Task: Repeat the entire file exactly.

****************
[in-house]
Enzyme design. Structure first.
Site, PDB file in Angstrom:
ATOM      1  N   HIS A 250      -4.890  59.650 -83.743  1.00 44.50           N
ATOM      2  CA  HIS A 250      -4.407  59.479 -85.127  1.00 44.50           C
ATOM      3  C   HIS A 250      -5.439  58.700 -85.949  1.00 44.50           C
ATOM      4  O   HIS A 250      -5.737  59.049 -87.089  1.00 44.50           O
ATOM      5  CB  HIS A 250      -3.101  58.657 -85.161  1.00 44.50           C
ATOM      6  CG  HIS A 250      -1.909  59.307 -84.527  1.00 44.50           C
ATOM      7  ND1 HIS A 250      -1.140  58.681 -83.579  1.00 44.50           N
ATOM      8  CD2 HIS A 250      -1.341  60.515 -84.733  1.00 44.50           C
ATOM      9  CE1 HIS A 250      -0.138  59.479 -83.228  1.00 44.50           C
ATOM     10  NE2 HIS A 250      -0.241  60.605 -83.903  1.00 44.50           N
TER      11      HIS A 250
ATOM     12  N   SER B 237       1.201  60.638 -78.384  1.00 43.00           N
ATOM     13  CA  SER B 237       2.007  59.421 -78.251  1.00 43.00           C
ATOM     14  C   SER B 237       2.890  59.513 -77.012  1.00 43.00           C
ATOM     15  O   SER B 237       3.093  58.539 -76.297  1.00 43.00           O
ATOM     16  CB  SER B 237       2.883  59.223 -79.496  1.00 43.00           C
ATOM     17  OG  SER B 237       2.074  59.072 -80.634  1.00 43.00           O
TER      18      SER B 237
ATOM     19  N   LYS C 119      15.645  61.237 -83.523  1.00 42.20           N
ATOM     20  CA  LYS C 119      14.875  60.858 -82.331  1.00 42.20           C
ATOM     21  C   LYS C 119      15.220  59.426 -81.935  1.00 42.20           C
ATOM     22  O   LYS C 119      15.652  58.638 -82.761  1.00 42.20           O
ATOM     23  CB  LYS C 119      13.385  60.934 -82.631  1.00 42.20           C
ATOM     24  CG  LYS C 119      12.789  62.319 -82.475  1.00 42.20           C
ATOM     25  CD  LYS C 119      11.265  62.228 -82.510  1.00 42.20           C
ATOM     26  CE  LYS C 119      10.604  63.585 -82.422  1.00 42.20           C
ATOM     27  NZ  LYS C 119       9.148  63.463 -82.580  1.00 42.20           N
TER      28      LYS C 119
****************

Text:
[in-house]
Enzyme design. Structure first.
Site, PDB file in Angstrom:
ATOM      1  N   HIS A 250      -4.890  59.650 -83.743  1.00 44.50           N
ATOM      2  CA  HIS A 250      -4.407  59.479 -85.127  1.00 44.50           C
ATOM      3  C   HIS A 250      -5.439  58.700 -85.949  1.00 44.50           C
ATOM      4  O   HIS A 250      -5.737  59.049 -87.089  1.00 44.50           O
ATOM      5  CB  HIS A 250      -3.101  58.657 -85.161  1.00 44.50           C
ATOM      6  CG  HIS A 250      -1.909  59.307 -84.527  1.00 44.50           C
ATOM      7  ND1 HIS A 250      -1.140  58.681 -83.579  1.00 44.50           N
ATOM      8  CD2 HIS A 250      -1.341  60.515 -84.733  1.00 44.50           C
ATOM      9  CE1 HIS A 250      -0.138  59.479 -83.228  1.00 44.50           C
ATOM     10  NE2 HIS A 250      -0.241  60.605 -83.903  1.00 44.50           N
TER      11      HIS A 250
ATOM     12  N   SER B 237       1.201  60.638 -78.384  1.00 43.00           N
ATOM     13  CA  SER B 237       2.007  59.421 -78.251  1.00 43.00           C
ATOM     14  C   SER B 237       2.890  59.513 -77.012  1.00 43.00           C
ATOM     15  O   SER B 237       3.093  58.539 -76.297  1.00 43.00           O
ATOM     16  CB  SER B 237       2.883  59.223 -79.496  1.00 43.00           C
ATOM     17  OG  SER B 237       2.074  59.072 -80.634  1.00 43.00           O
TER      18      SER B 237
ATOM     19  N   LYS C 119      15.645  61.237 -83.523  1.00 42.20           N
ATOM     20  CA  LYS C 119      14.875  60.858 -82.331  1.00 42.20           C
ATOM     21  C   LYS C 119      15.220  59.426 -81.935  1.00 42.20           C
ATOM     22  O   LYS C 119      15.652  58.638 -82.761  1.00 42.20           O
ATOM     23  CB  LYS C 119      13.385  60.934 -82.631  1.00 42.20           C
ATOM     24  CG  LYS C 119      12.789  62.319 -82.475  1.00 42.20           C
ATOM     25  CD  LYS C 119      11.265  62.228 -82.510  1.00 42.20           C
ATOM     26  CE  LYS C 119      10.604  63.585 -82.422  1.00 42.20           C
ATOM     27  NZ  LYS C 119       9.148  63.463 -82.580  1.00 42.20           N
TER      28      LYS C 119